A record nine billion Short Message Service (SMS) messages were sent worldwide during August, according to figures released Thursday by the GSM Association.
The Association has now revised its predictions for SMS growth in 2000. It has expected the ten billion per month mark to be reached in December 2000, but this figure was probably achieved in September. Instead, the Association is forecasting that 15 billion SMSs will be sent in December.
According to Jim Healy, GSM Association chair, SMS has become a mass-market phenomenon. "SMS initially took time to catch on and reach a critical mass point in Europe before suddenly exploding," Healey said. "We are now witnessing a subtle shift in the world of wireless communications, from the verbal to the visual," he added.
Tim Sheedy, wireless and mobile communications analyst at IDC, believes that the popularity of SMS is positive news for other wireless technologies such as WAP and UMTS. "This shows that people are changing their view of what a mobile phone can be used for and are sending information to friends in the form of text," Sheedy explained.
Sheedy believes there will soon be a proliferation in Internet chat via mobile devices. "We'll see a seamless move from SMS to buddy chat services, where a number of users can share a text conference, probably within the next 18 months", predicted Sheedy.
One of the attractions of SMS is its low, fixed cost. "It's a transaction-based service, and it's very easy for a user to assess the cost versus the benefit," explained Dominic Stowbridge, director of the Motorola Applications Global Network (Magnet). "This very simple price model appeals to people who are controlling their budget, such as children and those with pre-pay contracts", he added.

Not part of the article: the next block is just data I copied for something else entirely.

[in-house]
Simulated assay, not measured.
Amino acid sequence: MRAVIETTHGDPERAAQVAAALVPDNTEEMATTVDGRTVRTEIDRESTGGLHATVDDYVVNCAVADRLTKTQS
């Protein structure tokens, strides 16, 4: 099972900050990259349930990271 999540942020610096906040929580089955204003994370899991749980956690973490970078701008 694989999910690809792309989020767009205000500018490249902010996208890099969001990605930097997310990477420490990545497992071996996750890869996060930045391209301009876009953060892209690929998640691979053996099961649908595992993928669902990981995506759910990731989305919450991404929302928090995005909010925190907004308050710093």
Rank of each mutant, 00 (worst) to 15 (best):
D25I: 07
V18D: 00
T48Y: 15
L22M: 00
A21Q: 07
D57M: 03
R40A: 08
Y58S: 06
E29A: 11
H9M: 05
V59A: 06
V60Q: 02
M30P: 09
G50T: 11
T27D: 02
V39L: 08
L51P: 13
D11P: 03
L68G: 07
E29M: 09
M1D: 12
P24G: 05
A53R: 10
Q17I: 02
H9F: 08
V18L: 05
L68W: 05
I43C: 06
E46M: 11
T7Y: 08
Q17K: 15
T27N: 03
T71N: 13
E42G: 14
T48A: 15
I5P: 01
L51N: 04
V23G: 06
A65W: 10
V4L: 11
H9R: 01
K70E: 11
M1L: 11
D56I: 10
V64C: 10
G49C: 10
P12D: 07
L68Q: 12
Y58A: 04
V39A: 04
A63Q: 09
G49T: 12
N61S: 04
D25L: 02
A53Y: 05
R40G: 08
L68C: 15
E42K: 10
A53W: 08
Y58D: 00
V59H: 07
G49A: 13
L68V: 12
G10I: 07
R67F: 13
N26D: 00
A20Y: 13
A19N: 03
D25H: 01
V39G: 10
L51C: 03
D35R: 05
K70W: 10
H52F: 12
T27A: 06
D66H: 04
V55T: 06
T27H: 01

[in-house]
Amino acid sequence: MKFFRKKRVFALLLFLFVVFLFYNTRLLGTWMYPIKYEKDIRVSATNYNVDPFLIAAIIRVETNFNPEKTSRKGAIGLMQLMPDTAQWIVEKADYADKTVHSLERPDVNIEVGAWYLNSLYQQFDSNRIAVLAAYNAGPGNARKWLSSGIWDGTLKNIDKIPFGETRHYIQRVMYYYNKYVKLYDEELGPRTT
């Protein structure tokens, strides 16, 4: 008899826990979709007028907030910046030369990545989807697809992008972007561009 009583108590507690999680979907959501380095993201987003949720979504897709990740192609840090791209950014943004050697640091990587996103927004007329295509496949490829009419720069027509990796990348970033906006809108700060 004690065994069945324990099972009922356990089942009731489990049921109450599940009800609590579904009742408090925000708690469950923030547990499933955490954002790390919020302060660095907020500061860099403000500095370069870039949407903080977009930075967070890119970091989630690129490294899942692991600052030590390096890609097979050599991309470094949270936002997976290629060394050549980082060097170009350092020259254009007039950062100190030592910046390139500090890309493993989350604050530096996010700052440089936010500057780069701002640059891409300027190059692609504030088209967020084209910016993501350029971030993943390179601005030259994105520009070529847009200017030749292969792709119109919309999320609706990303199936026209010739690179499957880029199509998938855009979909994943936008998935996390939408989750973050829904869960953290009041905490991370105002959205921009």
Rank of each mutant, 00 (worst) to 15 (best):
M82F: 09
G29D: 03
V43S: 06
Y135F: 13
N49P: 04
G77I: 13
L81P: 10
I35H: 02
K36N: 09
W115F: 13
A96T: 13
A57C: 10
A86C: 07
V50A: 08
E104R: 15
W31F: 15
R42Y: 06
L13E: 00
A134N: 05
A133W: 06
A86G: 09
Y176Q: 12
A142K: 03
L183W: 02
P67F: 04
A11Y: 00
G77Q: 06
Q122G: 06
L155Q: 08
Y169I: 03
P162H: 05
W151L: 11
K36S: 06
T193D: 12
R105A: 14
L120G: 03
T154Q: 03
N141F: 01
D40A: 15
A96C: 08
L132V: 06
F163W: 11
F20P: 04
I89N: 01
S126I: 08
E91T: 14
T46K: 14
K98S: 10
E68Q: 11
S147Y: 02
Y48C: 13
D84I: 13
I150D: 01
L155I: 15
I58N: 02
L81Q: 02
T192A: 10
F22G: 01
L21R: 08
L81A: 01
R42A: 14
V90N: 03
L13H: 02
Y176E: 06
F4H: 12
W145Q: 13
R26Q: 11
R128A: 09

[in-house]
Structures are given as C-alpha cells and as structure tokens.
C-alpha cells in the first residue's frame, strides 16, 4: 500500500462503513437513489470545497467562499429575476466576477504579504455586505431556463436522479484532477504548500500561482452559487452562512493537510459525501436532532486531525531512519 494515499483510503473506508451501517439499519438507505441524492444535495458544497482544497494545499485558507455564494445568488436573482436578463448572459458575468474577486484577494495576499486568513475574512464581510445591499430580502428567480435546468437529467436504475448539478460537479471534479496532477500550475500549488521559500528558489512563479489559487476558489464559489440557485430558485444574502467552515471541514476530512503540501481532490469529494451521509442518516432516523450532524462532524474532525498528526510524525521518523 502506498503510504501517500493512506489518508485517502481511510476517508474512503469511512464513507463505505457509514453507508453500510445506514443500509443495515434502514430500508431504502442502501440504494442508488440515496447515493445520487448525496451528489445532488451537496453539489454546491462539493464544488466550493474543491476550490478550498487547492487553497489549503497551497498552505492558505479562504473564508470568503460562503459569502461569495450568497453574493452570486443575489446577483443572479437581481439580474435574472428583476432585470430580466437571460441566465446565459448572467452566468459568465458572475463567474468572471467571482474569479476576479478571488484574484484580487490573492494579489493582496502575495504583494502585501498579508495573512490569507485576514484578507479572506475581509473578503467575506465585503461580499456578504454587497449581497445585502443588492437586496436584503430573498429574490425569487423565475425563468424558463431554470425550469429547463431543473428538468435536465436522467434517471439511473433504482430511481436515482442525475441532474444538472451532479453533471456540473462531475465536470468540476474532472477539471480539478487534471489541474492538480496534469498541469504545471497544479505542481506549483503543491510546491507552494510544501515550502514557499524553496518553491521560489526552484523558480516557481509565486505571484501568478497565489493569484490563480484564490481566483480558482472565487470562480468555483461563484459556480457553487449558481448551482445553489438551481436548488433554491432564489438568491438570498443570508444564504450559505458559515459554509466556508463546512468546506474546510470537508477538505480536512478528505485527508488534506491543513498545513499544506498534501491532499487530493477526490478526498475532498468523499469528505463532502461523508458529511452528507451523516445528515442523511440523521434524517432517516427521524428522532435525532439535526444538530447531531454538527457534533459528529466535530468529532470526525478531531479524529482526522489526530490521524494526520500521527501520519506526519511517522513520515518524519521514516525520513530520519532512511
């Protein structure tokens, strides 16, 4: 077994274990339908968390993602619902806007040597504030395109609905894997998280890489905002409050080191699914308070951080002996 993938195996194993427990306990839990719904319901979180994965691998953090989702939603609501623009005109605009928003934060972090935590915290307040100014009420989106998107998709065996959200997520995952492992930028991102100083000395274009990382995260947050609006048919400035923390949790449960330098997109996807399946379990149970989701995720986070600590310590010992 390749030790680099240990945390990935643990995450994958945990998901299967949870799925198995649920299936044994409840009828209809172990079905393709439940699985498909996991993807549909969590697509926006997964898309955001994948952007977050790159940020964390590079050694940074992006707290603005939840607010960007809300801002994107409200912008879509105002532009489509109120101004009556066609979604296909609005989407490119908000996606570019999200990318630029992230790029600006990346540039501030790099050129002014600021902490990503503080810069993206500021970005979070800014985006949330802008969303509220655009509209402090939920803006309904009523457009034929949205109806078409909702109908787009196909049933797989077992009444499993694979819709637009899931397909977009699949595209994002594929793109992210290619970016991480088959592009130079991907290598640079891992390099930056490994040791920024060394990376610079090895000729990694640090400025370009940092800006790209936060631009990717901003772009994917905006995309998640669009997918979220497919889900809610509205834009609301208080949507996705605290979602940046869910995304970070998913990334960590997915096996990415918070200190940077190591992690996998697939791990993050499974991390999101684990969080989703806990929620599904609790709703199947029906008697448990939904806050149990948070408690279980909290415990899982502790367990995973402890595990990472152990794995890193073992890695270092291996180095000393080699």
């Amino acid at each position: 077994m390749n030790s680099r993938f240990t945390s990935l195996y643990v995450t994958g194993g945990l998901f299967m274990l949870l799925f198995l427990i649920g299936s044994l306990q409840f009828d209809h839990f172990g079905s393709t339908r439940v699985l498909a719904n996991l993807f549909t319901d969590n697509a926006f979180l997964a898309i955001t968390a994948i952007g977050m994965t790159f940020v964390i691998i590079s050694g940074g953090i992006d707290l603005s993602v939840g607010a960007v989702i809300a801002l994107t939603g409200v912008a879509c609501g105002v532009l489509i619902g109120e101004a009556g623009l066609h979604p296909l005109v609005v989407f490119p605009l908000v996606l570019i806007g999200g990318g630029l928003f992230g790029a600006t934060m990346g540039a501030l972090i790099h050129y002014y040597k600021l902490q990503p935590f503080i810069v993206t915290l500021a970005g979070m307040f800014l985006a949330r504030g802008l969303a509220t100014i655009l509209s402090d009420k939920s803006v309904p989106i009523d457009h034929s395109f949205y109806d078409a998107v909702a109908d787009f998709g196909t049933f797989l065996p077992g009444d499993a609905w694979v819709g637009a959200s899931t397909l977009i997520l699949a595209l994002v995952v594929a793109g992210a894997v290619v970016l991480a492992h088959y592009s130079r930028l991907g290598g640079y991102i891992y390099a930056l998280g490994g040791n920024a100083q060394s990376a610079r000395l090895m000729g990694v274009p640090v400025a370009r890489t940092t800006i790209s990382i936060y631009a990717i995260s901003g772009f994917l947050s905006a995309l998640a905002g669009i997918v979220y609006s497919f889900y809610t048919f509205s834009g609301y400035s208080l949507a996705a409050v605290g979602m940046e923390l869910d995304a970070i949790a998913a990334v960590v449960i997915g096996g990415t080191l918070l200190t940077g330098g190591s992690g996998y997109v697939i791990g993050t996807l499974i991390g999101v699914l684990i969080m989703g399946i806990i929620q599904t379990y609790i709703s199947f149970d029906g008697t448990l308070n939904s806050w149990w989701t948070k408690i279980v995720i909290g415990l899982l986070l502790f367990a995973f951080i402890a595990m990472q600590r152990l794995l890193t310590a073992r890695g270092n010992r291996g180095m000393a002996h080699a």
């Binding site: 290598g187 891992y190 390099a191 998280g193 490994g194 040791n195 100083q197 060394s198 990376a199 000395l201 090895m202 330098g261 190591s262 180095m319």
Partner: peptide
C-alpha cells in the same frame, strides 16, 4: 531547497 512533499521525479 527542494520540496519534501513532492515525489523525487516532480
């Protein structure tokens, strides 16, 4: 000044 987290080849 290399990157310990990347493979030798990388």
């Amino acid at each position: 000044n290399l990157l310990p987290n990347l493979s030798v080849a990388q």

The GSM Association found that, in the UK, pre-pay customers send twice as many SMS messages as contract-based users.
Once GPRS technology is available, messaging will benefit from the increased data rates. "SMS is very popular today, but people will soon demand multimedia messaging," said Strowbridge, who is confident that video postcards will be even more successful than SMS. Future mobile devices could come with a camera attachment, and a user would record several seconds of video footage which would then be sent by email.
Although SMS provides considerable revenue to network providers, some companies have lowered the price of sending a message. Sheedy believes that SMS will be used to tempt customers to a service, rather than simply treated as a cash cow.
"SMS is a channel to other services. In the future, a user could be sent the score of a football game for free, but would have to pay to see video footage of the goal on their mobile device," he speculated.
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